Using SwiftNIO - Channels

Create a TCP server using SwiftNIO and structured concurrency

Swift SwiftNIO Networking
Joannis Orlandos

Written by: Joannis Orlandos @ Unbeatable Software B.V.
Reading time: 30 minutes

SwiftNIO revolves around networking. In SwiftNIO, reads and writes happen using a Channel.

In the previous tutorial, SwiftNIO Fundamentals, you’ve learned the fundamentals of SwiftNIO. You’re now familiar with the concept of an EventLoop.

In this tutorial, you’ll be building a TCP server that echoes back any data that it receives. This is a very common pattern in network applications, and is a great way to get started with SwiftNIO. You’ll learn what Channels and Channel Pipelines are, and how SwiftNIO uses them to represent network connections. You’ll also learn about Channel Handlers and applying this knowledge using structured concurrency.

In order to start with this tutorial, Download the Samples. If you’re stuck, you can keep at the Finished product within that repo as well.

The samples make use of VSCode DevContainers (Developing with Swift in Visual Studio Code) to provide a consistent development environment. If you’re not using VSCode, you can also use the latest Xcode.


In the previous aricle, you learned the concepts of an EventLoop, Network I/O and sockets. You now know that a socket is represented by a file descriptor, and that you can read and write data to it.

The Sockets covered in the previous article are represented as a “Channel” in SwiftNIO. However, a Channel can be anything that is capable of I/O operations. This includes TCP and UDP connections, but can also extend to things such as Unix Domain Sockets, Pipes and even Serial USB connections.

A Channel is a very important concept in NIO, and is used extensivley throughout any networking application.

A Channel’s Anatomy

Channel is fundamentally a protocol that any connection can conform to. The protocol defines a variety of properties and functions that are relevant to connections. For example, many connections have a localAddress and remoteAddress property. These properties are used to identify the local and remote peer of a connection. Because Channel does not exclusively represent network connections, these properties are optional.

Most importantly, a Channel has a ChannelPipeline. The pipeline processes all data that is sent and received by the Channel. You can think of the pipeline as an array of ChannelHandlers. These handlers are called in order, and can modify the data that is sent and received by the Channel.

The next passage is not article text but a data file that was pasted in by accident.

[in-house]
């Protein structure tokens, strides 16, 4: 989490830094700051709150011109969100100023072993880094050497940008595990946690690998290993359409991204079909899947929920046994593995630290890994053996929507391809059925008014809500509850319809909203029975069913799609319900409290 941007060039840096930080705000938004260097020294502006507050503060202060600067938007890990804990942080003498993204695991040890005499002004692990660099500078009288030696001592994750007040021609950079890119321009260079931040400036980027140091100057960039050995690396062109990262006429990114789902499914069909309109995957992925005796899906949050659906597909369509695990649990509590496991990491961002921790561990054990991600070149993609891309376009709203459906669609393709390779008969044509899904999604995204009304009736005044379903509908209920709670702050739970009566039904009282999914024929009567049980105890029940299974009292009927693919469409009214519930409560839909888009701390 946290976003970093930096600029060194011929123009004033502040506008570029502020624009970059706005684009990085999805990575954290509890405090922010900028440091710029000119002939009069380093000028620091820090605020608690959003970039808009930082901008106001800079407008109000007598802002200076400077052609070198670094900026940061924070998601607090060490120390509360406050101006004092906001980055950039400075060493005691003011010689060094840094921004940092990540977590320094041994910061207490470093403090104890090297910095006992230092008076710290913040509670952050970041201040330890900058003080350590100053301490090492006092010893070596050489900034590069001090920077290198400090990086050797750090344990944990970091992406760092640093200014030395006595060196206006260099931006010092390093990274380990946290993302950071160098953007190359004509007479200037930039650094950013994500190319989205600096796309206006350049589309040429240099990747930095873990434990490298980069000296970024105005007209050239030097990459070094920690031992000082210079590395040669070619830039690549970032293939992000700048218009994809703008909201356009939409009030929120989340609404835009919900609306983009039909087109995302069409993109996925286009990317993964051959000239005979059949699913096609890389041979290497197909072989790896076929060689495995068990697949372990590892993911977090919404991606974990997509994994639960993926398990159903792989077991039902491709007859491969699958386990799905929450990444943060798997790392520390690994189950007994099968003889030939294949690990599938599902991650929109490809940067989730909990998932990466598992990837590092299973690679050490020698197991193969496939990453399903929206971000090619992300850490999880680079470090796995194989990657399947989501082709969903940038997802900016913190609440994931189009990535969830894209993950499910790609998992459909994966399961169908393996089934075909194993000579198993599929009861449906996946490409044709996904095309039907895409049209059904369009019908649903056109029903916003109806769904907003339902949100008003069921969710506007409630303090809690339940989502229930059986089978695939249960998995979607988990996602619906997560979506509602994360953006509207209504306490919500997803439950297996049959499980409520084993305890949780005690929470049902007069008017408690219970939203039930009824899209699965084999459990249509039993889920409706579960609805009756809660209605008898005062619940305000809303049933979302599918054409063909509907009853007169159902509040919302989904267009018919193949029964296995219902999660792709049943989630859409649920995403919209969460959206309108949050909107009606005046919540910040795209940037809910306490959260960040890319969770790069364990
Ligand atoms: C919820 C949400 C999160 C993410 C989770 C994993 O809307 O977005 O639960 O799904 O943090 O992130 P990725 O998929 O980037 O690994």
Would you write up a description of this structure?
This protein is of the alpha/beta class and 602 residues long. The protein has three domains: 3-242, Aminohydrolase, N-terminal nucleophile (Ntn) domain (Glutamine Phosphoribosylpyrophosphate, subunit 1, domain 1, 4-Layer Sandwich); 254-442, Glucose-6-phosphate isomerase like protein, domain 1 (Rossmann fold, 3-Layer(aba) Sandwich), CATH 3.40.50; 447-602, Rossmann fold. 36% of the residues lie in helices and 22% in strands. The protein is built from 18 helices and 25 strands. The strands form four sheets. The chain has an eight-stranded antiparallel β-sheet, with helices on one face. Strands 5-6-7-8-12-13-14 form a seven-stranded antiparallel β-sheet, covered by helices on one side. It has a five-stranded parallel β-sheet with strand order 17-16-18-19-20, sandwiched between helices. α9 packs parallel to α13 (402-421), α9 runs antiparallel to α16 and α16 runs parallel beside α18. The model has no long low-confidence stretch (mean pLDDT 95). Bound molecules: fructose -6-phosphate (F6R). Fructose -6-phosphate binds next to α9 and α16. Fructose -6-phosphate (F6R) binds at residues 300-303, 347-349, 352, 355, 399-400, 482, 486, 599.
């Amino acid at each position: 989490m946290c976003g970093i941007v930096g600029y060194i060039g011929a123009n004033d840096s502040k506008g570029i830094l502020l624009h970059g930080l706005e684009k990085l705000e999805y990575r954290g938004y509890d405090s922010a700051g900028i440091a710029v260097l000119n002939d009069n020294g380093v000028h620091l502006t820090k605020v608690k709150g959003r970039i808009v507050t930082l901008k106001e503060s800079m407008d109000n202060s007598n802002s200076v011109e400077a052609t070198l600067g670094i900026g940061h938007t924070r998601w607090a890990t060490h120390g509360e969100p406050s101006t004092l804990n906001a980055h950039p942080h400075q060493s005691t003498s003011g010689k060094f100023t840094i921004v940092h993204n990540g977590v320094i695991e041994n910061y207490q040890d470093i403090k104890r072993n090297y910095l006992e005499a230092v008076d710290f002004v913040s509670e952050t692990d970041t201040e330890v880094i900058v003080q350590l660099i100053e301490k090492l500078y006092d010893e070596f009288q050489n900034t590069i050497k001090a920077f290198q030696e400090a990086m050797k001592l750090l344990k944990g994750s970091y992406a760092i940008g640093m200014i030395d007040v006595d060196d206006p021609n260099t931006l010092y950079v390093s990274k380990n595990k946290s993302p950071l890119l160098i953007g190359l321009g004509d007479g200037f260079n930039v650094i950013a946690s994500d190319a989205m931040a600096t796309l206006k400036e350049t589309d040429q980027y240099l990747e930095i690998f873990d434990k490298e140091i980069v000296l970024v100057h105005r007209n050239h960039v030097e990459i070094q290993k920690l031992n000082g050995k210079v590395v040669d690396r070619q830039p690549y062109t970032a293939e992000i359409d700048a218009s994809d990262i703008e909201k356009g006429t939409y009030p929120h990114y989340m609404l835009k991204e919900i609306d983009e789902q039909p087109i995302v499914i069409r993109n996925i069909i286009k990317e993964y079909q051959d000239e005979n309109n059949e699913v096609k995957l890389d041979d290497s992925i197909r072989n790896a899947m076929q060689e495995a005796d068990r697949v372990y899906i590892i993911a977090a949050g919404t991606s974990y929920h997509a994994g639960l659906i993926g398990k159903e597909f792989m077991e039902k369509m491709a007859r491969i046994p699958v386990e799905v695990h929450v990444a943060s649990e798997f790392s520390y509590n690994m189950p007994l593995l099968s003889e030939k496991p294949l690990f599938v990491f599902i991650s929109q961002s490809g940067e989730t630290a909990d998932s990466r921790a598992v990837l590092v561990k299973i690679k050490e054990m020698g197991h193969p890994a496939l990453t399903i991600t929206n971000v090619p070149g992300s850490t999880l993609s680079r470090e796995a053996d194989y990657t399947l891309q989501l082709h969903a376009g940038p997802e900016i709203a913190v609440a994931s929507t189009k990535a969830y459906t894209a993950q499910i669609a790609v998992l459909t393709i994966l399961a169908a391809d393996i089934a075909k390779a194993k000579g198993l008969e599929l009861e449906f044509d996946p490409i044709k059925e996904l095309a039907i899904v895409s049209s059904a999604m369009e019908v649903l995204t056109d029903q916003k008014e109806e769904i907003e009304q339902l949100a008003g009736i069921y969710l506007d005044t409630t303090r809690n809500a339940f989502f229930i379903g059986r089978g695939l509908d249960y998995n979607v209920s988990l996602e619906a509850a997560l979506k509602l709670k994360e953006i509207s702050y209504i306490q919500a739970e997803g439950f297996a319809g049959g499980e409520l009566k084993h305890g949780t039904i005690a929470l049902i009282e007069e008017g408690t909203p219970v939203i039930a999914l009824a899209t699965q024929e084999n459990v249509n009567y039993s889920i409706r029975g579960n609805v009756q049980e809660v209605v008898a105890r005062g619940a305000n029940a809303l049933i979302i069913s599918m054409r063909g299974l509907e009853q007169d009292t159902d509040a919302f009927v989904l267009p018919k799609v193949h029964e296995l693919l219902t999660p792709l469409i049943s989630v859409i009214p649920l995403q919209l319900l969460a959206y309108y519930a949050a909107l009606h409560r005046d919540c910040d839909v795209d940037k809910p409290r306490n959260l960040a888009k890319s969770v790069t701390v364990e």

Each ChannelHandler is usually responsible for a specific task. For example, the NIOSSLHandler is responsible for encrypting and decrypting data using TLS. For HTTP/1, you have a specific handler that parses HTTP requests. And another handler that serializes HTTP responses.


A channel can receive data, such as when it’s received from the network or a USB device. When this happens, the data is passed to the ChannelPipeline at the head. This calls the first ChannelInboundHandler in the pipeline. The flow of data makes its way from front-to-back, ending at the tail, calling only InboundHandlers. Each of these handlers can ‘process’ the data, by transforming the information or even changing the type of data in the pipeline.

When a channel is asked to send data, the data also goes through the pipeline, but starts at the tail. This calls the last handler in the pipeline, and only calls ChannelOutboundHandler. Each of these handlers can also process the data, and can also change the type of data in the pipeline.

The type of data that a pipeline receives at the head when data is read, is specified by the Channel. This means that the first InboundHandler’s must accept the type of data that the Channel emits when reading data off the network. Likewise, whatever the Pipeline ends up writing data to a Channel, the type of data written must match what the Channel can handle. Note that if these types don’t match, SwiftNIO will crash your application at runtime.

Channel Handlers

An InboundHandler specifies two associated types, the InboundIn and InboundOut. The InboundIn type is the input of the handler when reading data. For example, ByteBuffer is used by NIO to represent binary data. The InboundOut specifies any output that this handler outputs. When parsing an HTTP Request using the built-in HTTP/1 parser, the handler accepts ByteBuffer for input and produces an HTTPServerRequestPart when it parses a part of the HTTP request.

When the handler has processed the data, it can pass the transformed data on to the next handler in the pipeline. If a channel handler does not modify the output, it can simply pass on the data to the next handler. When the handler modifies data, this is done by calling fireChannelRead on the ChannelHandlerContext. This context is provided during the channelRead function call where you receive inbound data.

The data you emit (InboundOut) must match the expected input type of the next handler in the pipeline. If the types don’t match, SwiftNIO will also crash your application at runtime. This is why it’s important to understand the types that each handler accepts and emits.

Using code such as Omnibus, you can create these pipeline in a type-checked way. This ensures that your pipeline is valid at compile-time, rather than runtime.

The OutboundHandler works in an identical way to the InboundHandler. The OutboundIn type is the type of data that the handler accepts, and the OutboundOut type is the type of data that the handler emits. Processing data instead happens in the write function, rather than the channelRead function.

Creating a TCP Echo Server